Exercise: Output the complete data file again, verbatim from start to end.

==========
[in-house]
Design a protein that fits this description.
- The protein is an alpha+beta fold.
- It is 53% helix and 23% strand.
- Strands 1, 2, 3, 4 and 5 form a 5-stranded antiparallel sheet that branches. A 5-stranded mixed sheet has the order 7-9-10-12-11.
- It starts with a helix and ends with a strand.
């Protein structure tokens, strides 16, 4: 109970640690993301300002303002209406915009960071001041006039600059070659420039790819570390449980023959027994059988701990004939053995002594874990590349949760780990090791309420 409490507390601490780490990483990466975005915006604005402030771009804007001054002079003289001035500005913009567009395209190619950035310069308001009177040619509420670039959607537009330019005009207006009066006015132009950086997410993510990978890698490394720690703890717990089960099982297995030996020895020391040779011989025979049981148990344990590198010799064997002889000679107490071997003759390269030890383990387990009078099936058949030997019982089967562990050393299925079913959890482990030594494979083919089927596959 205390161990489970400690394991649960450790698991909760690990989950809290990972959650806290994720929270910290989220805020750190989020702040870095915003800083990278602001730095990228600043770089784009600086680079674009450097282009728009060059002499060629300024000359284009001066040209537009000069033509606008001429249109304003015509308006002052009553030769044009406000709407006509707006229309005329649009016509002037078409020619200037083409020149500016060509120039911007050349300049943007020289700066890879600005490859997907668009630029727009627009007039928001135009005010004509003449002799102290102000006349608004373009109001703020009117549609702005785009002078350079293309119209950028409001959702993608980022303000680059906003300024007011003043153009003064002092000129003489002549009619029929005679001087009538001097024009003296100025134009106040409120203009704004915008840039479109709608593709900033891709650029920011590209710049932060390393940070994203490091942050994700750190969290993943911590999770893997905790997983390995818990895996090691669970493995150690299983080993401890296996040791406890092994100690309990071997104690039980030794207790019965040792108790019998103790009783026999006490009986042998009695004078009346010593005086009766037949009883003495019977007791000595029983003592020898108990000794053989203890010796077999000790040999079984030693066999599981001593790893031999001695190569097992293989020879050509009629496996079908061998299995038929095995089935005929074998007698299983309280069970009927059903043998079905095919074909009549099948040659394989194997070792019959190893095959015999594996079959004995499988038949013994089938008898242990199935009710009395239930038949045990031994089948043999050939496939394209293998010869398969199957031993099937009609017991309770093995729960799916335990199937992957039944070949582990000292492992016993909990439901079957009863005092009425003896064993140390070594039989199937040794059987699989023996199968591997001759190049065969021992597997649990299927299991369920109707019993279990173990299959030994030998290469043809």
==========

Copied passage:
[in-house]
Design a protein that fits this description.
- The protein is an alpha+beta fold.
- It is 53% helix and 23% strand.
- Strands 1, 2, 3, 4 and 5 form a 5-stranded antiparallel sheet that branches. A 5-stranded mixed sheet has the order 7-9-10-12-11.
- It starts with a helix and ends with a strand.
């Protein structure tokens, strides 16, 4: 109970640690993301300002303002209406915009960071001041006039600059070659420039790819570390449980023959027994059988701990004939053995002594874990590349949760780990090791309420 409490507390601490780490990483990466975005915006604005402030771009804007001054002079003289001035500005913009567009395209190619950035310069308001009177040619509420670039959607537009330019005009207006009066006015132009950086997410993510990978890698490394720690703890717990089960099982297995030996020895020391040779011989025979049981148990344990590198010799064997002889000679107490071997003759390269030890383990387990009078099936058949030997019982089967562990050393299925079913959890482990030594494979083919089927596959 205390161990489970400690394991649960450790698991909760690990989950809290990972959650806290994720929270910290989220805020750190989020702040870095915003800083990278602001730095990228600043770089784009600086680079674009450097282009728009060059002499060629300024000359284009001066040209537009000069033509606008001429249109304003015509308006002052009553030769044009406000709407006509707006229309005329649009016509002037078409020619200037083409020149500016060509120039911007050349300049943007020289700066890879600005490859997907668009630029727009627009007039928001135009005010004509003449002799102290102000006349608004373009109001703020009117549609702005785009002078350079293309119209950028409001959702993608980022303000680059906003300024007011003043153009003064002092000129003489002549009619029929005679001087009538001097024009003296100025134009106040409120203009704004915008840039479109709608593709900033891709650029920011590209710049932060390393940070994203490091942050994700750190969290993943911590999770893997905790997983390995818990895996090691669970493995150690299983080993401890296996040791406890092994100690309990071997104690039980030794207790019965040792108790019998103790009783026999006490009986042998009695004078009346010593005086009766037949009883003495019977007791000595029983003592020898108990000794053989203890010796077999000790040999079984030693066999599981001593790893031999001695190569097992293989020879050509009629496996079908061998299995038929095995089935005929074998007698299983309280069970009927059903043998079905095919074909009549099948040659394989194997070792019959190893095959015999594996079959004995499988038949013994089938008898242990199935009710009395239930038949045990031994089948043999050939496939394209293998010869398969199957031993099937009609017991309770093995729960799916335990199937992957039944070949582990000292492992016993909990439901079957009863005092009425003896064993140390070594039989199937040794059987699989023996199968591997001759190049065969021992597997649990299927299991369920109707019993279990173990299959030994030998290469043809």